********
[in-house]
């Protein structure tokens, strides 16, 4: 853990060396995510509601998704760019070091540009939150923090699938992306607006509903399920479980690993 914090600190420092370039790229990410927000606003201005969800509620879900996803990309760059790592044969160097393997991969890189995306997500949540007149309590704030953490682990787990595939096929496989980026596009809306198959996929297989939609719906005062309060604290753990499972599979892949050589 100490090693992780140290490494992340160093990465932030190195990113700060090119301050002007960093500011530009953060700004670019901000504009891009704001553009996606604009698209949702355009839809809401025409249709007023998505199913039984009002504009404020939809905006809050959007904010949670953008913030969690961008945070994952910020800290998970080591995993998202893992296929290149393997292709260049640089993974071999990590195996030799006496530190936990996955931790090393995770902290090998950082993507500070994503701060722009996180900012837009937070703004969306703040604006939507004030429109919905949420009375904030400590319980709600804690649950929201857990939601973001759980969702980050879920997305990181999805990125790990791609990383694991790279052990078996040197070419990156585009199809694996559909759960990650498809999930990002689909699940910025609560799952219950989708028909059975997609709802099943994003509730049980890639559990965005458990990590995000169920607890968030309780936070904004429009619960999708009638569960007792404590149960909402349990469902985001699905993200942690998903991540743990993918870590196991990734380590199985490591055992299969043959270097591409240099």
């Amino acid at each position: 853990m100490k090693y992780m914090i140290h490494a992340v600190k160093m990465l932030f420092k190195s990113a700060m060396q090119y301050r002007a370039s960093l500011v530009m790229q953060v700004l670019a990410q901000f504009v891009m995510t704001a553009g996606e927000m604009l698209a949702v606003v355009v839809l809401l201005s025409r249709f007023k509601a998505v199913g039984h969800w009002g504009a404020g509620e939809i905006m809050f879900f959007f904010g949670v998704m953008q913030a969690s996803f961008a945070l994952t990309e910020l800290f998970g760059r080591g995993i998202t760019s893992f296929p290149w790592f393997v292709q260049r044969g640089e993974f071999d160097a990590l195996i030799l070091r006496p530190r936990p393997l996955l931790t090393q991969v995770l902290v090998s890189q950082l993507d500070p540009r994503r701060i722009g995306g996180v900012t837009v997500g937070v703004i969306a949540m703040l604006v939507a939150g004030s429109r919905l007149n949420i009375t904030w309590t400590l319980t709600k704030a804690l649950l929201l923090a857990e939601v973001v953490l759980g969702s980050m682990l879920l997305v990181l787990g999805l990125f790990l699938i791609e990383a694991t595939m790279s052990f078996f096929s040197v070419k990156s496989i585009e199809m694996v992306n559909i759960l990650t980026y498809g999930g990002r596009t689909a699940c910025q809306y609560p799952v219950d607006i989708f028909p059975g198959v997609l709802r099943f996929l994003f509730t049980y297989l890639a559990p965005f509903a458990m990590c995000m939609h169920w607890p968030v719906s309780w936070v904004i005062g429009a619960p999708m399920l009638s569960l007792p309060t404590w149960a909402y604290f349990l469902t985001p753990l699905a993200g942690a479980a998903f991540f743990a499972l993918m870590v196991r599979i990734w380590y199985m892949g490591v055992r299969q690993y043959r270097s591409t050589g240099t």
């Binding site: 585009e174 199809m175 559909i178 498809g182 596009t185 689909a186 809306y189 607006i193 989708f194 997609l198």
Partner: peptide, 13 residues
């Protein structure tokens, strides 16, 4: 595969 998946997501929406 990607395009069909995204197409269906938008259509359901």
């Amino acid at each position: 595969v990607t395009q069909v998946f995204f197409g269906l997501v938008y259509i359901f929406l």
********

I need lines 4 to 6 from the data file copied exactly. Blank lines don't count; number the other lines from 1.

């Binding site: 585009e174 199809m175 559909i178 498809g182 596009t185 689909a186 809306y189 607006i193 989708f194 997609l198």
Partner: peptide, 13 residues
């Protein structure tokens, strides 16, 4: 595969 998946997501929406 990607395009069909995204197409269906938008259509359901």